Jeep Commander


The new Jeep can handle a variety of assignments

Jeep Commander
Jeep Commander

I found the Commander to be a bit of a compromiser, which is often a necessity for both senior officers and 4WD vehicles. In the engineering department, they call them "design trade-offs", and they’re not always such a bad thing.

Take the Jeep’s body lines, for example. Perhaps only its mother could love its looks, but there's a point to the Commander's slabby lines. That squared-off rear allows a third row of seats, or a useful extension to the cargo space over the base Grand Cherokee. It's principally that space - and the associated $1000 premium - which differentiates the Commander from its Grand Cherokee sibling.

Where the Grand Cherokee's rear lines look smart, the Commander initially seems clumsy - as if a miffed designer with a marketer's gun in his back wielded a ruler to determine the roof line. But get in it and it works. The extra 7cm of roof height allows each row of seats to sit slightly higher than the one in front, so everyone gets a decent view out. That higher roof - as well as the 3.5cm extension in length - increases luggage space too, with 1030 litres with two rows in use, and 1950 with the second row folded. That's a useful 52- and 42-litre increase over the standard model.

Like the Cherokee, the Commander gets either the 5.7-litre V8 Hemi or the 3.0-litre V6 CRD common rail diesel. That V8 - also shared with the 300C - cuts four cylinders under light engine loads to improve fuel economy. But those wanting a SUV to do a job, rather than win the traffic light wars, will opt for the more frugal diesel - Chrysler claims a 10.8l/100km figure overall.

At 160kW and 510Nm, this diesel's got more power and torque than the equivalent Land Rover, and even Toyota's update to Prado's 3.0-litre diesel doesn't hit the mark - by 100Nm, in torque terms alone (though of course it's also more frugal).

All that grunt goes to the wheels via a five-speed auto gearbox and Jeep's clever Quadra-Drive. Commander is permanently in all-wheel-drive - sending power to whichever wheel, or wheels, have grip. If three are spinning, you've still got motion.

Select low range and head into the rough and this thing's performance is impressive. There's so much torque on tap you can virtually chuff along at idle, picking your lines while Quadra-drive sends the torque where it's needed. You can turn ESP off completely if you need to control momentum on a steep, slippery uphill.

Better still, that extended load space doesn't compromise approach and departure angles, which are identical to the Grand Cherokee's, while ramp-over angle at 20 degrees is only marginally less favourable than Grand Cherokee's 20.4. Certainly the off-road package is sufficient to snare it NZ 4WD magazine's SUV of the year - an award not made to soft-roaders.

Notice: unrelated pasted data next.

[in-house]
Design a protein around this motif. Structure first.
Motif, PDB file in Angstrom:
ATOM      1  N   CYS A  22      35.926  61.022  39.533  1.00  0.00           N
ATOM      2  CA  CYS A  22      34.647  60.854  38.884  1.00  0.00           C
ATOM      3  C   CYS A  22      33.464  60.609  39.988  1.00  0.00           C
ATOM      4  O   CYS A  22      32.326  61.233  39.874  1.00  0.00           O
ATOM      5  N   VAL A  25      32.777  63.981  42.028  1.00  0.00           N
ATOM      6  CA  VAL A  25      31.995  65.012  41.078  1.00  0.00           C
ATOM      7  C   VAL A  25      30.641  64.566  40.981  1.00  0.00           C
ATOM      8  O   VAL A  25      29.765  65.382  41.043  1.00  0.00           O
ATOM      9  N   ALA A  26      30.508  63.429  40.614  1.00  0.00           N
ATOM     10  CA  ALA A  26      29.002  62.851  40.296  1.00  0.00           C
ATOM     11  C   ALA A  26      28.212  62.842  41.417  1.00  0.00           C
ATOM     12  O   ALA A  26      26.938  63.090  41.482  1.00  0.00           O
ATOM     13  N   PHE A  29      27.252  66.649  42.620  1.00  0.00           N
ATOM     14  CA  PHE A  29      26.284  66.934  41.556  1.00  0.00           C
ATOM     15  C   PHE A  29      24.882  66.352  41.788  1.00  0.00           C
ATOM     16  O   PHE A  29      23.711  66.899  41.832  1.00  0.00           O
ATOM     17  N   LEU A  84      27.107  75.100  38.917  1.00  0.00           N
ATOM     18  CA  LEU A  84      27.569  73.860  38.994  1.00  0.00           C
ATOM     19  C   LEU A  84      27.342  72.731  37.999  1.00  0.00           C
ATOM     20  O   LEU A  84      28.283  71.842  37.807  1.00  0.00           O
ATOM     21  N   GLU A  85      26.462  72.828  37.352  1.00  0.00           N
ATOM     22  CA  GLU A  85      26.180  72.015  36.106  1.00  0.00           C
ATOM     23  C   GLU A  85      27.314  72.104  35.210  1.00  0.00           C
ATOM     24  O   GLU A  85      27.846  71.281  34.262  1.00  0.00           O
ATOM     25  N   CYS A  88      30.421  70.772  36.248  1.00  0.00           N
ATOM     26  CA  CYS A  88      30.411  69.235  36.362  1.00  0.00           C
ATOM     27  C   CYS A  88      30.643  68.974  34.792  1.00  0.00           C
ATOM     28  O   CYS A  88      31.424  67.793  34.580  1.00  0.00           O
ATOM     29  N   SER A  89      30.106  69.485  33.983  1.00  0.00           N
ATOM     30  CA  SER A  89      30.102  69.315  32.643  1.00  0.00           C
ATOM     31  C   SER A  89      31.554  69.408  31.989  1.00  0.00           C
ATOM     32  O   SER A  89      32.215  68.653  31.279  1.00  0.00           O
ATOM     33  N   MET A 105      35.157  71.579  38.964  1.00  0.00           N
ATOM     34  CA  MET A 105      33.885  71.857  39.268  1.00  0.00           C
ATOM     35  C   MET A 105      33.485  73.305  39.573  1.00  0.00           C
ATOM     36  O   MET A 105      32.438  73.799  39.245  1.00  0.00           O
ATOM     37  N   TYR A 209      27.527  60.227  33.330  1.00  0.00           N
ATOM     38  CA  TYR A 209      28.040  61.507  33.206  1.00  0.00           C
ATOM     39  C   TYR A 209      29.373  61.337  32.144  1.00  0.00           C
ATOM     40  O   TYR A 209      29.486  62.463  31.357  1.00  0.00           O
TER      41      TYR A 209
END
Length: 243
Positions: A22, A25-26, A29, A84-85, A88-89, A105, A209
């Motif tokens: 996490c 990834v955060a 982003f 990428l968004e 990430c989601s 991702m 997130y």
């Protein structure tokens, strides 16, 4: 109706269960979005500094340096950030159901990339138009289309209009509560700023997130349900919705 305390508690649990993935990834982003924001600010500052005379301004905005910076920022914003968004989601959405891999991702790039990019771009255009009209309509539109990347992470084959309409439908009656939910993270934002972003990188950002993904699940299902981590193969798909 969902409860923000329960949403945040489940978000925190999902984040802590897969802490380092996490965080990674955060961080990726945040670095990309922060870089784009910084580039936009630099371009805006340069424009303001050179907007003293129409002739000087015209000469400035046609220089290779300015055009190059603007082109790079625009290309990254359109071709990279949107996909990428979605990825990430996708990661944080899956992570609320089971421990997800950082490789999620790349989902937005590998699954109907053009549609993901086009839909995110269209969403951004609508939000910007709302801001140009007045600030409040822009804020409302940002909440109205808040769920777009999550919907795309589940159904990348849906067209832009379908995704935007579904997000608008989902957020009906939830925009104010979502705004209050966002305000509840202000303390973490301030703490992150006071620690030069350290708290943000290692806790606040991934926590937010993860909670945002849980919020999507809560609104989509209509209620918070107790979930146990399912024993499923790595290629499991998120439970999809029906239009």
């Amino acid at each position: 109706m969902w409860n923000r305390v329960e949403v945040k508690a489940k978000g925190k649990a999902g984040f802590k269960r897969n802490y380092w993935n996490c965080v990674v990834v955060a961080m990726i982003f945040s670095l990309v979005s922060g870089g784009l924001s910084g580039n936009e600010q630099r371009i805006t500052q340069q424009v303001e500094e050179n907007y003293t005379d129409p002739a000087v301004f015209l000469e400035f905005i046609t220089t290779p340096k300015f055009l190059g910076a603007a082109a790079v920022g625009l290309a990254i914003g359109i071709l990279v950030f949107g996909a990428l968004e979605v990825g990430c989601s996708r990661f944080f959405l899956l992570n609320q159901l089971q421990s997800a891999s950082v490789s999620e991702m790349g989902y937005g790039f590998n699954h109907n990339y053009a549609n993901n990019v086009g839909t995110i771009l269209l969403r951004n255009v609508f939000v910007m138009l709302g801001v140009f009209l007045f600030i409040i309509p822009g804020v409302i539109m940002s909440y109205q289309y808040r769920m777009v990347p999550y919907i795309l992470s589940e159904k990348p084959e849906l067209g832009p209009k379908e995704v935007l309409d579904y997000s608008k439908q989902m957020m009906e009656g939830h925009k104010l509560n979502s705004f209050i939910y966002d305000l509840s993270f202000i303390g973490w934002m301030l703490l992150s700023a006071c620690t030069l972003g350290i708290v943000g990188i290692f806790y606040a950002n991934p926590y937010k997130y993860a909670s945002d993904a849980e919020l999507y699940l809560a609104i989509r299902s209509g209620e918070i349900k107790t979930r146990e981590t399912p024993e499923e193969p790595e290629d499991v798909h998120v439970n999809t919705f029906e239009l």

Not that Commander's hard work on road. Jeep's "quiet steel" tech involves three layers of bonded metal to reduce NVH, and it is quiet enough. But what most impressed was the electronic roll mitigation. Commander feels noticeably more composed than Cherokee, with less roll and a more controlled ride.

Interior design looks rugged; the heated leather seats will wipe clean and the flip-up rear glass is useful when chucking small items in.Commander's features list is generous, with triple zone air con and curtain airbags that stretch all three rows for security when carrying the kids and their mates. There are ABS-equipped brakes, traction control and ESP, on-board tyre pressure monitors and rain-sensing wipers among a long list of standard fripperies. There are options aplenty - you can add two extra sunroofs to take the total to three, though two won't open, so forget your trio-go-possum-shooting plans. And you can tow 3500kg, braked.

The picture's not perfect, of course. There's no reach adjust for the steering wheel - surprising in a $79,990 car, and shorties may find it hard to get comfy. The centre rear headrest obscures rear view; the hand brake is mounted on the passenger side; and it needs a roof-mounted passenger's grab handle - the A-pillar one is too far forward for bracing during rough going.
Those compromises may be worth it if you want a name brand with a powerful motor that's genuinely capable in the rough, and appreciate the added space allowed by those workaday lines.

By Jacqui Madelin

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